Richard III – Review

Ralph Fiennes  - Richard III. Images Marc Brenner.
Ralph Fiennes – Richard III. Images Marc Brenner.

Richard III used to be known as Shakespeare’s pantomime villain. A king so evil and murderous that he was almost a pastiche of a tyrant and despot. Reigning for just two years he was dispatched on the battlefield with a blow to the head and sword wounds contemptuously inflicted to the derriere.

And then the remains of the odious, “hunch-backed toad,” were discovered under a council car park in Leicester (supernaturally signposted by a large ‘R’ painted on the tarmac) and his reputation swung, in an instant, from notoriety and infamy to ignominy and embarrassment.

Ralph Fiennes does a superb job of restoring his reputation in Rupert Goold’s riveting production of Richard III which opened on Thursday at London’s Almeida Theatre.

Goold uses the recent discovery of Richard’s bones to bookend the play and it works marvellously as a framing device.

Ralph Fiennes - Richard III.  Images Marc Brenner

As the audience files into the theatre there are archaeologists excavating and examining bones in a hole on the stage. A moment before the production gets under way one man pulls out the trophy find – an (astonishingly) complete, and very crooked, skeleton of a spine.

It is a very effective reminder that this was once a real man whose life was dictated, and fashioned, by the hideous deformity of his physique.

Grotesquely misshapen he resents the success of others in finding love and position while he has an unearned title, Duke of Gloucester.

Richard decides that he is going to play the hand fate has dealt him. “Deformed, unfinished” he describes himself. “So lamely and unfashionable that dogs bark at me.”

“Since I cannot prove a lover I am determined to prove a villain.”

Fiennes limps slowly to the front of the stage, dragging a useless right leg behind him. His right arm hangs by his side, the hand horribly withered and hidden in a black glove, and his s-shaped spine, clearly defined by a tight-fitting polo-neck, gives him a reptilian appearance. For a nano-second – and no more – you feel sorry for him.

It is a masterful performance of evil personified and the actor’s soliloquies are chilling to listen to even when he appears playful. Misogynistic, callous, cruel and calculating, we’re mesmerised by the fixed stare, the arrogance and a steely grimace as he reveals a ruthless ambition.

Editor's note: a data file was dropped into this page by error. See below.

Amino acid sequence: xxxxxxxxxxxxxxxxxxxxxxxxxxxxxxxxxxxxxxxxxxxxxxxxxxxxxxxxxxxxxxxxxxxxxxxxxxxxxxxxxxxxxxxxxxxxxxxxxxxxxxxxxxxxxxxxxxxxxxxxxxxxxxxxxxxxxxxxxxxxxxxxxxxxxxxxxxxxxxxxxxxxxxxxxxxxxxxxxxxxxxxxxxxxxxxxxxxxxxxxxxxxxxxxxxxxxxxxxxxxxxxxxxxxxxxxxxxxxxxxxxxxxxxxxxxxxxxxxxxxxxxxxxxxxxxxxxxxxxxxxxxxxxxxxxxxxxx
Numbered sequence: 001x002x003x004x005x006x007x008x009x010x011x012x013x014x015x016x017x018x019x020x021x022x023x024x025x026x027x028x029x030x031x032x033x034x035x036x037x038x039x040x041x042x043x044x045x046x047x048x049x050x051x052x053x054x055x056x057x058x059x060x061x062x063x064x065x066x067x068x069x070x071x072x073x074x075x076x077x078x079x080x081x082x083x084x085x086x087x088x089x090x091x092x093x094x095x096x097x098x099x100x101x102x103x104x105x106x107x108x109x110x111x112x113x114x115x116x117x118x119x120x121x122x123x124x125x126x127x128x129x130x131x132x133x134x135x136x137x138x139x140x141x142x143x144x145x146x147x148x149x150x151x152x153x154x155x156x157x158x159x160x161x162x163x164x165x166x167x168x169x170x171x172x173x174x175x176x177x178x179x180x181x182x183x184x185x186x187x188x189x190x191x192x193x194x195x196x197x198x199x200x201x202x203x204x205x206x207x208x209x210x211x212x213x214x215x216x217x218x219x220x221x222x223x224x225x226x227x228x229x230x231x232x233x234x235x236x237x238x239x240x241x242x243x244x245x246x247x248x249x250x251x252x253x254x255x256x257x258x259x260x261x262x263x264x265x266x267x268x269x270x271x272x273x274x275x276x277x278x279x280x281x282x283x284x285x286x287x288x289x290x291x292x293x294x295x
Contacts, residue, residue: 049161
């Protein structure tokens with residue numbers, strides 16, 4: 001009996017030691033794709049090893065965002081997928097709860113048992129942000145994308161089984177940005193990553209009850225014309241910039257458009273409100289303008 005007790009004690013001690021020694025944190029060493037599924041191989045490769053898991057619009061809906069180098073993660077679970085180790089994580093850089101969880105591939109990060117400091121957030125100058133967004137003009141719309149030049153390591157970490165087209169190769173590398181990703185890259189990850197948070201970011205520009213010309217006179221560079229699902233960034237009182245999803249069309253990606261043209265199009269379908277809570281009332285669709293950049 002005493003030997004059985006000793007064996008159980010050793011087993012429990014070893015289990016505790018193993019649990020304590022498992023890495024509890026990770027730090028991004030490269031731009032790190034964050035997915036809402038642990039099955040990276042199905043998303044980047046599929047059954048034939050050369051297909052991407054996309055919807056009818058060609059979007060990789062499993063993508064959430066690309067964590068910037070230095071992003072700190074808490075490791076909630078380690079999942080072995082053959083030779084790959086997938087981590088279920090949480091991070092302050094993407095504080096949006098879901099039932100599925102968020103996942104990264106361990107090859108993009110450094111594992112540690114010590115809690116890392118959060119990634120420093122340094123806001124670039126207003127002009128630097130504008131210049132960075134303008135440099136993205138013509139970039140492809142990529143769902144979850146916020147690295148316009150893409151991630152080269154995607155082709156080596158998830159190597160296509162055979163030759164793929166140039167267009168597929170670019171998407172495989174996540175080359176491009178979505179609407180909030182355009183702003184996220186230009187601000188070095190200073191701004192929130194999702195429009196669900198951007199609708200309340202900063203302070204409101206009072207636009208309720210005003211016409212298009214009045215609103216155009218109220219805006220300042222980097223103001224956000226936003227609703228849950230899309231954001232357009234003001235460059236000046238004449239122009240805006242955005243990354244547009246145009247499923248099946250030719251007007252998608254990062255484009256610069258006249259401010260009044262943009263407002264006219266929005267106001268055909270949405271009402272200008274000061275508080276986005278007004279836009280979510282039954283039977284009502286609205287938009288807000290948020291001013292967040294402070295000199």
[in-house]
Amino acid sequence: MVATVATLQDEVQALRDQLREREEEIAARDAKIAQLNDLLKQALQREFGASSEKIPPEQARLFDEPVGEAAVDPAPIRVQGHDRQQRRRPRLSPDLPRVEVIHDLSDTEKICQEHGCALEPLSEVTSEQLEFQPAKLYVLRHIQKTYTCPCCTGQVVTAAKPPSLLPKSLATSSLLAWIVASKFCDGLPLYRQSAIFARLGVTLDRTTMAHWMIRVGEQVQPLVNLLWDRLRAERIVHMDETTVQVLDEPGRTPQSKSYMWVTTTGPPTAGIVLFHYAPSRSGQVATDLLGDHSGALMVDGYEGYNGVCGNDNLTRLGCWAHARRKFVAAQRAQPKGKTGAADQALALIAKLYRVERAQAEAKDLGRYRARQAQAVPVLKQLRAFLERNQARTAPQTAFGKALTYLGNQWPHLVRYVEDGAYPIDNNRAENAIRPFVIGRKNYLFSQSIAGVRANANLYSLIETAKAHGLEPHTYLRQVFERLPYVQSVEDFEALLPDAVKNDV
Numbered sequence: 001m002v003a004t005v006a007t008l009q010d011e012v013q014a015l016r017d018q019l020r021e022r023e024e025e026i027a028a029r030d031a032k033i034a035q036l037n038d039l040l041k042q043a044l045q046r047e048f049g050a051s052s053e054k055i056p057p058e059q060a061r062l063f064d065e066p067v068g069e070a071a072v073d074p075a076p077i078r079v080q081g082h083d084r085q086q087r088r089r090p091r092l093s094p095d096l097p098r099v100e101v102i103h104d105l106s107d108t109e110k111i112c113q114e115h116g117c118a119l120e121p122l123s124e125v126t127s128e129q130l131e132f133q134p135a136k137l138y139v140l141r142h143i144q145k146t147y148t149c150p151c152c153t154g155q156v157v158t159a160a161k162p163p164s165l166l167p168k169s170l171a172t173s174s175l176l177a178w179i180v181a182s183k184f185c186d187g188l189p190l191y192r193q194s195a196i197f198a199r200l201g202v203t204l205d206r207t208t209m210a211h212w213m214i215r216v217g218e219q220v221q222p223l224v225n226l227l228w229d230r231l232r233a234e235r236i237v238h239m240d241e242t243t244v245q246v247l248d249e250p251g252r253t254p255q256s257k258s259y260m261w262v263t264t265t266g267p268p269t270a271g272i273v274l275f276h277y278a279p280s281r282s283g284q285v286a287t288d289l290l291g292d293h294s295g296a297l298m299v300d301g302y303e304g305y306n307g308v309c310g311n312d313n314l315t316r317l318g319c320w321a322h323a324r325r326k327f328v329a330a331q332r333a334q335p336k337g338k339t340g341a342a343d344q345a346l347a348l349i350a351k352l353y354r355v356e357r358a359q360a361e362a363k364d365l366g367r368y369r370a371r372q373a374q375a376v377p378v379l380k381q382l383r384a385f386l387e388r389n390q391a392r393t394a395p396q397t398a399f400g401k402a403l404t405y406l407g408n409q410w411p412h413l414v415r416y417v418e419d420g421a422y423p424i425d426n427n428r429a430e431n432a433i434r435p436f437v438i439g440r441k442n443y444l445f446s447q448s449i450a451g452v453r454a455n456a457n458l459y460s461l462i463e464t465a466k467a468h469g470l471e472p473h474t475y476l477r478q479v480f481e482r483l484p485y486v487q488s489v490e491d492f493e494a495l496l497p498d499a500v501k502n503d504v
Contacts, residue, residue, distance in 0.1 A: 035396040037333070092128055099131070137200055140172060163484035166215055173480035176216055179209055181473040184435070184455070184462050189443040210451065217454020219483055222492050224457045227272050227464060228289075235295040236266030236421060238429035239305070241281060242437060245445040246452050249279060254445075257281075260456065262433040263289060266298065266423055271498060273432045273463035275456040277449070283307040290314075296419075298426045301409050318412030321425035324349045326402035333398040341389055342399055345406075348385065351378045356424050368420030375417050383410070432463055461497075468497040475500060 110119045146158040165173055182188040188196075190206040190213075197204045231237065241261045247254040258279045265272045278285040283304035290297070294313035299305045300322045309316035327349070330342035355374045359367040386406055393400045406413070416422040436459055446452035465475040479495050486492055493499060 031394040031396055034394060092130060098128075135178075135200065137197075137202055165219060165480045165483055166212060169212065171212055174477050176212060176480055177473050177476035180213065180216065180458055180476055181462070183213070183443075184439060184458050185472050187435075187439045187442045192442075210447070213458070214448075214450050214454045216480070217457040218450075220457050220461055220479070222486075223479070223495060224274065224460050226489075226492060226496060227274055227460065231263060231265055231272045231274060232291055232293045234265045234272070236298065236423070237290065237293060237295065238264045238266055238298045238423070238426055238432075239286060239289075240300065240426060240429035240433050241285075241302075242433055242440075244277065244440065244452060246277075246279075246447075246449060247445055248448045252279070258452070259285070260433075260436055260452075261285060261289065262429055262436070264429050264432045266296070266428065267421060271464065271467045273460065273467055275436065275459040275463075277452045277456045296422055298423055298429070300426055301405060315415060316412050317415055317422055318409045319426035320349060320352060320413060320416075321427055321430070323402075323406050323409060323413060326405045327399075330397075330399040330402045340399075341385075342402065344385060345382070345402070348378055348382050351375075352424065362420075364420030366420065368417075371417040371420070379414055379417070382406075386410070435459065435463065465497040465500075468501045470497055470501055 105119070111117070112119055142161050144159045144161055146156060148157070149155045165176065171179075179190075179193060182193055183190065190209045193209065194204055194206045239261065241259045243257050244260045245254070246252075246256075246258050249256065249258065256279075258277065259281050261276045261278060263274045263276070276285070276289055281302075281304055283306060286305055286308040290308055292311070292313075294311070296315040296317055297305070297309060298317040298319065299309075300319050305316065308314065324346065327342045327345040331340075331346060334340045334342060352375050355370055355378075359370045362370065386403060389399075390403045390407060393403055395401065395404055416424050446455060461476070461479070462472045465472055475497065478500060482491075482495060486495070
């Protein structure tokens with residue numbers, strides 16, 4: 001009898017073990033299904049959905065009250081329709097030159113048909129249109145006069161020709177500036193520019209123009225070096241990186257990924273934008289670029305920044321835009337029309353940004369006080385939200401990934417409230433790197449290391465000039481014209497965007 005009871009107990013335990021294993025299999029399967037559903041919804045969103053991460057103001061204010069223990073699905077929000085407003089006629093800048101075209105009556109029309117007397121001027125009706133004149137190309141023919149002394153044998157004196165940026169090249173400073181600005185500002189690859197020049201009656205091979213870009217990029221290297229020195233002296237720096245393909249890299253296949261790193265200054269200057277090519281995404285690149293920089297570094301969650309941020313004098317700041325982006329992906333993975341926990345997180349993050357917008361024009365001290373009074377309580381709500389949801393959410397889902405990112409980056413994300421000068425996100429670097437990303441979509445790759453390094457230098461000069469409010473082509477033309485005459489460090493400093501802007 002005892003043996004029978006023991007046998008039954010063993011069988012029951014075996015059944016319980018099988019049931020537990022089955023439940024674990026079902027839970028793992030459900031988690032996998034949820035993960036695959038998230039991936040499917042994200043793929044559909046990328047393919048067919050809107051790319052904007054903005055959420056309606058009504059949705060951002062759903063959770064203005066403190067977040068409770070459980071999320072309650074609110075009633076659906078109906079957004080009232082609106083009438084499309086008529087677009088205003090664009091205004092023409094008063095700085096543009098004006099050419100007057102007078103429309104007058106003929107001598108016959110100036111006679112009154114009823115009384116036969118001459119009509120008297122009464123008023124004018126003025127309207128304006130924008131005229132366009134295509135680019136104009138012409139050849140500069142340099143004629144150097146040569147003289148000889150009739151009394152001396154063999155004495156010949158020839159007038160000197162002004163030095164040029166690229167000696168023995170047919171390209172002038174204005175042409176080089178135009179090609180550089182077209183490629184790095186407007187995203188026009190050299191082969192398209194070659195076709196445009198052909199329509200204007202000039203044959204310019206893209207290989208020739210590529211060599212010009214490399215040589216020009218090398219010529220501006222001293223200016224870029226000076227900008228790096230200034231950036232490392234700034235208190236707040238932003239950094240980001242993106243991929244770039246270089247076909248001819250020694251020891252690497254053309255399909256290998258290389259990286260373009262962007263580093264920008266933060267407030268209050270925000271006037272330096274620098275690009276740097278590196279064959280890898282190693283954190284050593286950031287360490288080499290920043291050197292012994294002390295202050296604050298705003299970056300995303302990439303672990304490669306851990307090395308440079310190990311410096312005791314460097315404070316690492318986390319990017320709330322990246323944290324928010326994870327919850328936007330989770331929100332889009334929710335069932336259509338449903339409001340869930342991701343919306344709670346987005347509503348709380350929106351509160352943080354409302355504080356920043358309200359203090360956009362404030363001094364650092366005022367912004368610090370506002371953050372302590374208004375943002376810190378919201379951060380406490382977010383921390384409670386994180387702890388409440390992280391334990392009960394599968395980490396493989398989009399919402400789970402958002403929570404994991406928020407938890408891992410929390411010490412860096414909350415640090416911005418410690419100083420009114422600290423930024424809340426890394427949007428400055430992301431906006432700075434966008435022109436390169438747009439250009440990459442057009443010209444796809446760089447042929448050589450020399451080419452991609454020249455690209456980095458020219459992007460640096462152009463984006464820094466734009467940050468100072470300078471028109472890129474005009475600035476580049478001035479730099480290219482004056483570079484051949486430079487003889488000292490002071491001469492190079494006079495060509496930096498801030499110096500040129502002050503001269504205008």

Aislín McGuckin in Richard III

A ghoulish trophy wall slowly fills with skulls as, one by one, Richard, Duke of Gloucester, dispatches two brothers, a pair of nephews, and his opponents in a lust for power.

The women in Richard III fall into two camps. His elders, who he seems powerless to control, and the younger women, Anne and his sister-in-law Elizabeth, who are there to be taken and abused before being disposed of.

His mother, Susan Engel’s Duchess of York, isn’t beyond giving her wayward son a stiff talking to – and he squirms at the chastisement which he must accept. His acquiescence is comical.

More unsettling is the grandstanding by Vanessa Redgrave’s demented Queen Margaret. She shuffles on stage, cradling a filthy doll, and brings the entire production to a halt as she attempts to warn everyone of Richard’s cunning.

Joanna Vanderham, as Lady Anne, and Aislin McGuckin as a fellow widow, Elizabeth, give strong, physical performances but suffer cruelly under Richard (McGuckin’s fight with Fiennes looked painful and very realistic).

Finbar Lynch is always watchable. His turn as Richard’s fixer, Buckingham, is finely nuanced revealing the duke to be as hungry for power and riches as his master.

Mark Hadfield in Richard III

Goold has assembled a polished company, which includes Scott Handy as Richard’s doomed brother, Clarence, James Garnon as the city boy Hastings (complete with mobile phone) and Tom Canton as the muscular Richmond.

Mark Hadfield and Daniel Cerqueira serve as Richard’s henchmen who both show a dedication to their trade.

The modern dress production mixes text messages, mobiles and firing squads with ye olde armour, axes and swordplay yet, surprisingly, it all works.

This is very much Fiennes’ show. Richard’s mental instability is captured in a powerful and frenzied performance as paranoia fuels a murderous rampage.

On Bosworth Field the villainous king suddenly develops a spring in his step. Gone is the lameness as the actor leaps about the stage, enthusiastically wielding a sword, and taking on all-comers.

This is a dark, engrossing and energetic production that keeps your attention for more than three hours – and you still don’t want it to end.

Richard III runs at the Almeida Theatre until August 6 and, if you can’t get tickets, then the production will be the theatre’s first live broadcast, going out to cinemas everywhere on July 21.

Review Rating
  • Richard III
4

Summary

Ralph Fiennes is at his villainous best in Richard III, Shakespeare’s murderous king now more famous for being found under a car park than his reign of terror.

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